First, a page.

Relating to Others
When we think of heroes, images of Marvel Comics and other fantastic characters might spring to mind. But heroic deeds take place all the time...
USA Today reported that 20 per cent of Americans have done heroic deeds. The story, by reporter Sharon Jayson, cites a study by Stanford University professor Philip Zimbardo and supported by the Center for Compassion and Altruism Research and Education at Stanford. Zimbardo and his colleagues used a nationally-representative sample of 4,000 adults and found that 20 per cent of them qualified as heroes—meaning they had helped during a dangerous emergency, taken a stand against injustice, or sacrificed for a stranger. “Heroes are ordinary people,” says Zimbardo. “You become a hero by doing an extraordinary deed.”
The study found that black people and Hispanic people were twice as likely as white people to have performed heroic deeds. Zimbardo says they want to do follow-up research on the reasons for the racial/ethnic differences, which he speculates could be attributed to “greater opportunities to respond” or “being discriminated against makes them have more compassion to others in need.” During the study, participants were asked, “Have you ever done something that other people—not necessarily you yourself—considered a heroic act or deed?” Those who answered “yes” selected from a list the actions most similar to their own: helping another person in a dangerous emergency; “blowing the whistle” on an injustice with awareness of the personal risk or threat to yourself; sacrifice on behalf of a non-relative or stranger, such as an organ donation; defying unjust authority; or other.
Among the 20 per cent who met the survey definition, 55 per cent had helped someone during an emergency, 8 per cent confronted an injustice, 14 per cent had defied unjust authority and 5 per cent had sacrificed for a stranger. “These are people who did very dramatic things,” Zimbardo says. “They’re everyday quiet heroes.” The survey also found someone is more likely to be a hero if the individual has experienced a personal trauma or disaster; or the individual has previously volunteered in non-threatening settings, such as at a soup kitchen.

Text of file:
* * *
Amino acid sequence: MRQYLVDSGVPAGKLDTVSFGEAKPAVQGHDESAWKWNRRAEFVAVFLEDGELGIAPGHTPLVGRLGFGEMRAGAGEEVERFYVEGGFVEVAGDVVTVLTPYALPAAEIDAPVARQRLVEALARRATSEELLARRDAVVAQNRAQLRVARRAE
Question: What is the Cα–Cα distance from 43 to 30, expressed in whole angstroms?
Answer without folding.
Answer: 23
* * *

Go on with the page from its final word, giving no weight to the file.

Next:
“We have a need for heroes because we have a need to be challenged,” says social psychologist Scott Allison of Richmond, Va. "We love heroes because of what they offer us—hope for better world.” Allison co-authored a book entitled Heroes: What They Do & Why We Need Them. About 450 adults were interviewed face-to-face and asked to name their heroes and explain why. The survey produced a pattern of traits common to heroes, including intelligence, courage, charisma and selflessness.
The future is just why Zimbardo says he created the nonprofit Heroic Imagination Project, which has begun with pilot programs for adolescents in the Bay area. “At a very deep psychological level, we all need and want heroes to be special people to inspire us,” he says. “Heroes are really the soul of a nation. They represent what is best in human nature.”